“The environment we work in is killing us” ED nurse writes powerful letter to Andrew Little

Chris Lynch
Chris Lynch
Nov 29, 2022 |

Kerri Templeton is an Emergency Department Nurse in Invercargill and has written an open letter that she was supposed to read in front of Health Minister Andrew Little when he visited her department on Tuesday. However Little did not address the department or talk to any of the staff who were not in leadership positions she said.

Dear Mr Little,

I was supposed to read this in front of you when you visited our Emergency Department today but you were too “preoccupied” in your 10 minute allocated slot to talk to the under dogs or even to the department as a whole. 

My name is Kerri Templeton and I speak on behalf of Southland’s Emergency Department, every single nurse in this country and our failing healthcare system. 

We are a profession that you can not live without.

We are overworked, underpaid, understaffed and under appreciated.

New Zealand’s healthcare system is collapsing right in front of your eyes and has been for the past 40-50 years.

It will continue to do so unless you start making drastic changes immediately, and start treating our hospitals and staff as a system that is built on the health and wellness requirements of the population, and not a system that is based around financial figures. 

Personally I can not speak for the past 40-50 years of what it’s like to work as a nurse within New Zealand’s health system, but I can vouch for the past 1 year, 9 months and 29 days that I have put my blood, sweat and tears into this department.

I am extremely passionate about nursing just like every single one of the nurses you see here today and the ones you won’t, but our passion is fading because the environment we work in is killing it.

Nurses don’t choose to become nurses for the money, we do it for the love of the people and the drive to make a difference.

However, I have witnessed countless numbers of nurses not only within my own department but throughout the wider hospital lose their passion, because we are not paid for what we are worth and more importantly we feel as if we can not meet the needs of our patients on a daily basis.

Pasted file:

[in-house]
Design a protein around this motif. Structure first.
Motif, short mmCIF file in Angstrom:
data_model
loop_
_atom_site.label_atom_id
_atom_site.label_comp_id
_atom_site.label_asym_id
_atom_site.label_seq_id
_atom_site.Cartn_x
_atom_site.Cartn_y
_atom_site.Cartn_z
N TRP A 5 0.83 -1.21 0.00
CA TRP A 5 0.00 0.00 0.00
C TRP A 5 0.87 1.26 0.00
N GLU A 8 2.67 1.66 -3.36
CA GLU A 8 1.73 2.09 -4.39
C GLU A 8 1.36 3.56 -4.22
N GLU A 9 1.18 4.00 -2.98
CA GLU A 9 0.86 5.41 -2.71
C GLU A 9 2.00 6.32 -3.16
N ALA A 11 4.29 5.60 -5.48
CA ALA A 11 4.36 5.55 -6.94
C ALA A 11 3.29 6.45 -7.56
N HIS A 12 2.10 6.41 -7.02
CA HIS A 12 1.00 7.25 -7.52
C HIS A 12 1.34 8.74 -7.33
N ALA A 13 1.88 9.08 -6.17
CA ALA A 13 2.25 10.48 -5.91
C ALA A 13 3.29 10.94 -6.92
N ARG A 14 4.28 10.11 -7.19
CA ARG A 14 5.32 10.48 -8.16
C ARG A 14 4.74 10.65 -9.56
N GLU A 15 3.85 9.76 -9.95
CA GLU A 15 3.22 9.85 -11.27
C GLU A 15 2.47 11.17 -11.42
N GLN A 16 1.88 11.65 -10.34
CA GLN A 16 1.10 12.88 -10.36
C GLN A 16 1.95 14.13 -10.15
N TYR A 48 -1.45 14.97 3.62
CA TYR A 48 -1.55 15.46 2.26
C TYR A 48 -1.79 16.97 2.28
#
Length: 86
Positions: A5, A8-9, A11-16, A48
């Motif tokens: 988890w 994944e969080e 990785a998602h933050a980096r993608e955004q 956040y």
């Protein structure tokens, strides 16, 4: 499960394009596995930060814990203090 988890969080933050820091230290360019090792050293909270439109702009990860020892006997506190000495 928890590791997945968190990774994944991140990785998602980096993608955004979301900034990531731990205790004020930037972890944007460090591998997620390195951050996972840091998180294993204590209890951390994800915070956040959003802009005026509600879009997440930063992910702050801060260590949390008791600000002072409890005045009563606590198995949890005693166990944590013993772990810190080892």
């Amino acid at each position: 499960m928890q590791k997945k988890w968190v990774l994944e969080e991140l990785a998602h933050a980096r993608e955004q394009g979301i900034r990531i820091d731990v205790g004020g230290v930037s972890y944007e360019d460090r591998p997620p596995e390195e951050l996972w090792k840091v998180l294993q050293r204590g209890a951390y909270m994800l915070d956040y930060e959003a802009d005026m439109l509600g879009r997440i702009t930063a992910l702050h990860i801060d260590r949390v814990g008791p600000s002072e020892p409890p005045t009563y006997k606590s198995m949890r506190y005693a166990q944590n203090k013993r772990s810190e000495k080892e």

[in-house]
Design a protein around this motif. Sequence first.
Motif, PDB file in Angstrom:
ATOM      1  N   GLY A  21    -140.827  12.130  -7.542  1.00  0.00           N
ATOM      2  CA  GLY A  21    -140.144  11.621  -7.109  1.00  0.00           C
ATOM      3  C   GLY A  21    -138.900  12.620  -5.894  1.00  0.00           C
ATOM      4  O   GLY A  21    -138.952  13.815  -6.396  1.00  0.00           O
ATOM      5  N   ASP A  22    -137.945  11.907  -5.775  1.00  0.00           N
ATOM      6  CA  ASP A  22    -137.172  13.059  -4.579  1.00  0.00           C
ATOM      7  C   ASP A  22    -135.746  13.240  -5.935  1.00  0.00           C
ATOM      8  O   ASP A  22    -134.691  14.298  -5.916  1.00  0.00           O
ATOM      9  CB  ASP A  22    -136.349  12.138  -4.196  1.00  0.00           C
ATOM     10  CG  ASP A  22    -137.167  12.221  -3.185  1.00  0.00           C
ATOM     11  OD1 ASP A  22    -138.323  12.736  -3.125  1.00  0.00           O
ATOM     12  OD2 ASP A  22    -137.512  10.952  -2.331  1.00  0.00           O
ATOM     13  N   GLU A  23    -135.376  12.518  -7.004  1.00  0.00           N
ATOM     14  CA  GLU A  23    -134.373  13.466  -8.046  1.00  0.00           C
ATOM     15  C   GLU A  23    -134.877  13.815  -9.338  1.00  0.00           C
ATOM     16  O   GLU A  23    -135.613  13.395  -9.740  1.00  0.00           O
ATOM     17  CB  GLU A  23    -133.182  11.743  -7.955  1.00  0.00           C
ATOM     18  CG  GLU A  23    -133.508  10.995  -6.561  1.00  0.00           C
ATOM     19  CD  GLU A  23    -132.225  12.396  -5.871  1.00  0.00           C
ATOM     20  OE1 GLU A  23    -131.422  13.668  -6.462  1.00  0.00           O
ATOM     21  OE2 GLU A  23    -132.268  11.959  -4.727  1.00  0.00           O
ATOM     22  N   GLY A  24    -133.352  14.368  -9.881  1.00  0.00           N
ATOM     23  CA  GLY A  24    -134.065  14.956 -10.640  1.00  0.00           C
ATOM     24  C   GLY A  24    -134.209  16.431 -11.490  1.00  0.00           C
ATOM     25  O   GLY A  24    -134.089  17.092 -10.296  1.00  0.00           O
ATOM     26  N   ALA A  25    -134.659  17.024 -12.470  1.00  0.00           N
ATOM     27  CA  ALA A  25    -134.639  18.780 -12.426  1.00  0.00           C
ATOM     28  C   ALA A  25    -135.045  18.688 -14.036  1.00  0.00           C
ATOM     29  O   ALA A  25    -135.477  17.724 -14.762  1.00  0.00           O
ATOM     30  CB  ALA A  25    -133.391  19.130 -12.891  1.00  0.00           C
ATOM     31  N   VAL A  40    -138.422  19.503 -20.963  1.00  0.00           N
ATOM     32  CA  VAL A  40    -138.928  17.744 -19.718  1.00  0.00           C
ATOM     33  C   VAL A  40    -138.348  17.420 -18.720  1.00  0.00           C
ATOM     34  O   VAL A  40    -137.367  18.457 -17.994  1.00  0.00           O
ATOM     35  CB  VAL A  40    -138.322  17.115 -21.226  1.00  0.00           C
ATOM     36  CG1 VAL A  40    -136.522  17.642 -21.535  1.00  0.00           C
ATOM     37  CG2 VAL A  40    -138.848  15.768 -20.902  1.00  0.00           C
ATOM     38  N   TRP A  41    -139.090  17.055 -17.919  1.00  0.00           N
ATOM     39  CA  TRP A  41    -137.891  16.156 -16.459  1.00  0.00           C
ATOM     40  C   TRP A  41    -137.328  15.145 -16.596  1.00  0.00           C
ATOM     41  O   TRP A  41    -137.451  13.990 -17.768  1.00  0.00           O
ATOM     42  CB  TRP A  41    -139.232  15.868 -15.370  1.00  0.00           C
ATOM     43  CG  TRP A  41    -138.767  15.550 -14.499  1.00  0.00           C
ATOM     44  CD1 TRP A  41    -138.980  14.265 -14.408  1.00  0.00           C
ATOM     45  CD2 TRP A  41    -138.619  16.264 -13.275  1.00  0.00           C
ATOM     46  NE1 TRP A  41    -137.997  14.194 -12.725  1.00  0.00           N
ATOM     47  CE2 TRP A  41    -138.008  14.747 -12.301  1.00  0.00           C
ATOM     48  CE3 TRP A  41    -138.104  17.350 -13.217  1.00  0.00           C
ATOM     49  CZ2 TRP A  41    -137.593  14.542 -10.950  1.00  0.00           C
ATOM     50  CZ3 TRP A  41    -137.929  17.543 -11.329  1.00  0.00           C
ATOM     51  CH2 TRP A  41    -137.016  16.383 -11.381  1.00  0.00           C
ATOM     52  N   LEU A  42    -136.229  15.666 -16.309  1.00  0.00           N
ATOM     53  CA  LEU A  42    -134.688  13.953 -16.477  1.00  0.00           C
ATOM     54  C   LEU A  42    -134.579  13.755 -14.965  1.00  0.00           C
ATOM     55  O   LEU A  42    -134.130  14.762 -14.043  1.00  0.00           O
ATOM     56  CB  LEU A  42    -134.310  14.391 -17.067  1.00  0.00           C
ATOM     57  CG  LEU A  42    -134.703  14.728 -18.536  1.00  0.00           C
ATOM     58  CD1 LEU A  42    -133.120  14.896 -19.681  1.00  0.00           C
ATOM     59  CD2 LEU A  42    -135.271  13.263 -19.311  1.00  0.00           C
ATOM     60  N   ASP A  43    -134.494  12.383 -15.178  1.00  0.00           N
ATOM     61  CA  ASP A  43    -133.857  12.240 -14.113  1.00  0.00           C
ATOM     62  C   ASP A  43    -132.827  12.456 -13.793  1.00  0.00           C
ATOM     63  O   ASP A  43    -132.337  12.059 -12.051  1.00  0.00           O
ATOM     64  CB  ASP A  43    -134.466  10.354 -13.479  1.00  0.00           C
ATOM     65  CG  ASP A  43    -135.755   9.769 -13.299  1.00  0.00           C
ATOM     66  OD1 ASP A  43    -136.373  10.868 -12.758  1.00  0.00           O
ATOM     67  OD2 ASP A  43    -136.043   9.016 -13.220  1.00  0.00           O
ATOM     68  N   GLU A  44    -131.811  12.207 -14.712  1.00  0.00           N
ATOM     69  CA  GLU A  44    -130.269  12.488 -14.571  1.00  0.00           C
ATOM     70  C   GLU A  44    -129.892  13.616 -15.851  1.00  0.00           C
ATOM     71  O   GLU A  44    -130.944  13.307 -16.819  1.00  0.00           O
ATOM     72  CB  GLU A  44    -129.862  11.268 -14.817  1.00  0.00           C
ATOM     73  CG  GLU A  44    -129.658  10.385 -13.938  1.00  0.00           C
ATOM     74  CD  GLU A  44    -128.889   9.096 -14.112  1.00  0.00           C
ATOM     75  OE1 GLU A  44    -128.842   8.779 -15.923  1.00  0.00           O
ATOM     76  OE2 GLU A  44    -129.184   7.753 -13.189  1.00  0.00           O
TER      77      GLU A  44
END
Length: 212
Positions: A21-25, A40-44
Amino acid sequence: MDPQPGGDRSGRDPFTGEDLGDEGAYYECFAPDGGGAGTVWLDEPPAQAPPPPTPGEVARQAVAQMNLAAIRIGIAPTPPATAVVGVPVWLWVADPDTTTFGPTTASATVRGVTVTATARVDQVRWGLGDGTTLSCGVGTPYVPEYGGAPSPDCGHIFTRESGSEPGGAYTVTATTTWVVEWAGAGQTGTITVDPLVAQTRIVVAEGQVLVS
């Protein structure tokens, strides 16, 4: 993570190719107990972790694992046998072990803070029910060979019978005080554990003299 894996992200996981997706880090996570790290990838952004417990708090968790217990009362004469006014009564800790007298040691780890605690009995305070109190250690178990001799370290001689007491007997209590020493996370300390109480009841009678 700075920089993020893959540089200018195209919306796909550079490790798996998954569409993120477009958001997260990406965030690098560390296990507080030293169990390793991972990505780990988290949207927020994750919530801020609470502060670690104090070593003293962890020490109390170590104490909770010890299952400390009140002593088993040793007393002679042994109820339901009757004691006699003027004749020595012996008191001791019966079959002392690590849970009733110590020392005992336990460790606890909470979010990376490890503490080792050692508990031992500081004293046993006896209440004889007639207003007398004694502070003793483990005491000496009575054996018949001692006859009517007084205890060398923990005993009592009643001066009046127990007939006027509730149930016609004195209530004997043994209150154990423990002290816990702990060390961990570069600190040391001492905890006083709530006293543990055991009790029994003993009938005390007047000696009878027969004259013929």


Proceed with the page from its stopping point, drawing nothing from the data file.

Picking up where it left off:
Our current dire situation means that we are working more hours than we are contracted to; it means we can not sit and hold the hand of a dying patient and comfort their family in their time of need; it means we can not put someone’s mother, father, son, daughter or grandchild on a bed when they need it the most because we have no beds to put them on; it means that people are not getting the quality care they require and deserve and it means people will die.  

I would love to hear you disagree with the fact that Kiwi’s are one of the most hardworking and kind people you will ever meet and you should be grateful for the fact that we are looking after our vulnerable people.

But it is time for a change and it needs to happen right now before every one of our brilliant nurses decides to jump the ditch for better working conditions and better pay. If you were in my position, what would look more appealing, a starting salary of $60,000 per year or $80,000 plus all the added benefits. 

As for the 3000 foreign nurses that have applied for jobs here in New Zealand, it is uninviting that they have to wait up to a year for their application to be accepted.

That is 3000 extra pairs of hands willing and ready to support your health system, become a part of our communities and become our family, and you are making them jump through unnecessary bureaucratic loopholes and our people are suffering for it. 

You are the person who holds the power for this change but it’s safe to say that currently the inaction, is beginning to make it seem like you don’t give a damn about the health and wellness of our people or the people that work tirelessly for the government  day in and day out to save the lives of your loved ones. 

Nursing is a physically, emotionally and mentally draining job and if we aren’t cared for the way we justifiably need to be, it will begin to show in the outcomes of our patients. If you took even one good look at our desperate situation, it would be clear to see, it already is.  

I am 23 years old, not yet two years into a career that I thought would be a life-long one, but me and 5 other nurses in this emergency department, this week alone have handed in their resignations or left already for different careers or to work overseas where we are valued for what we do.

I know I’m not alone when I say I am burnt out and frustrated with the system we live and breathe, and there are only so many days that you can keep fighting for something that never gets better but only gets much, much worse.

So Mr Little, we want to know, what are you going to do about it? 

What are you going to do about retaining our nurses? 

What are you going to do about the lack of resources needed to treat our patients? 

And lastly, what are you going to do about paying the professionals what they are worth?

We are sick and tired of empty promises, and our people are suffering for it. 

Māku e kii atu, he tāngata, he tāngata, he tāngata. What is the most important thing in the world? Well, let me tell you, it is people, it is people, it is people. And without the people, we are nothing. 

PS: As the health minister of New Zealand it might be a good idea to wear your mask properly too when you’re in an acute area where they are currently mandatory. 

Chris Lynch
Chris Lynch

Chris Lynch is a journalist, videographer and content producer, broadcasting from his independent news and production company in Christchurch, New Zealand. If you have a news tip or are interested in video content, email [email protected]

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